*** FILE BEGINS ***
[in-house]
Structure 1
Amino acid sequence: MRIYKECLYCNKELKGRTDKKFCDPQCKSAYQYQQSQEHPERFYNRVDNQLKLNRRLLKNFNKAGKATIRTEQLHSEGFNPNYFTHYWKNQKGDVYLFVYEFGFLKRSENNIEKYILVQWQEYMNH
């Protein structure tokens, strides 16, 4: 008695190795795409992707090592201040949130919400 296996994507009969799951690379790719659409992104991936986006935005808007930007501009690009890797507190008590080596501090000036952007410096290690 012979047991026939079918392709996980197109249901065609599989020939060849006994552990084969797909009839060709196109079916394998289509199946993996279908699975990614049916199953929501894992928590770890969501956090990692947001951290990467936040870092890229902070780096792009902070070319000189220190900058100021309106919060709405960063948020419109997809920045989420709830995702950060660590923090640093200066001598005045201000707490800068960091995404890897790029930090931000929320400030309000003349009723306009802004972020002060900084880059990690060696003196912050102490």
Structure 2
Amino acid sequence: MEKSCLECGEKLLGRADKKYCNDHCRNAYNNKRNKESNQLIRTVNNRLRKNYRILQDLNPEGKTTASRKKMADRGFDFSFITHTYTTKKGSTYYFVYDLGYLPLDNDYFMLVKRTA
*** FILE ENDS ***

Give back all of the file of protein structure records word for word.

[in-house]
Structure 1
Amino acid sequence: MRIYKECLYCNKELKGRTDKKFCDPQCKSAYQYQQSQEHPERFYNRVDNQLKLNRRLLKNFNKAGKATIRTEQLHSEGFNPNYFTHYWKNQKGDVYLFVYEFGFLKRSENNIEKYILVQWQEYMNH
């Protein structure tokens, strides 16, 4: 008695190795795409992707090592201040949130919400 296996994507009969799951690379790719659409992104991936986006935005808007930007501009690009890797507190008590080596501090000036952007410096290690 012979047991026939079918392709996980197109249901065609599989020939060849006994552990084969797909009839060709196109079916394998289509199946993996279908699975990614049916199953929501894992928590770890969501956090990692947001951290990467936040870092890229902070780096792009902070070319000189220190900058100021309106919060709405960063948020419109997809920045989420709830995702950060660590923090640093200066001598005045201000707490800068960091995404890897790029930090931000929320400030309000003349009723306009802004972020002060900084880059990690060696003196912050102490």
Structure 2
Amino acid sequence: MEKSCLECGEKLLGRADKKYCNDHCRNAYNNKRNKESNQLIRTVNNRLRKNYRILQDLNPEGKTTASRKKMADRGFDFSFITHTYTTKKGSTYYFVYDLGYLPLDNDYFMLVKRTA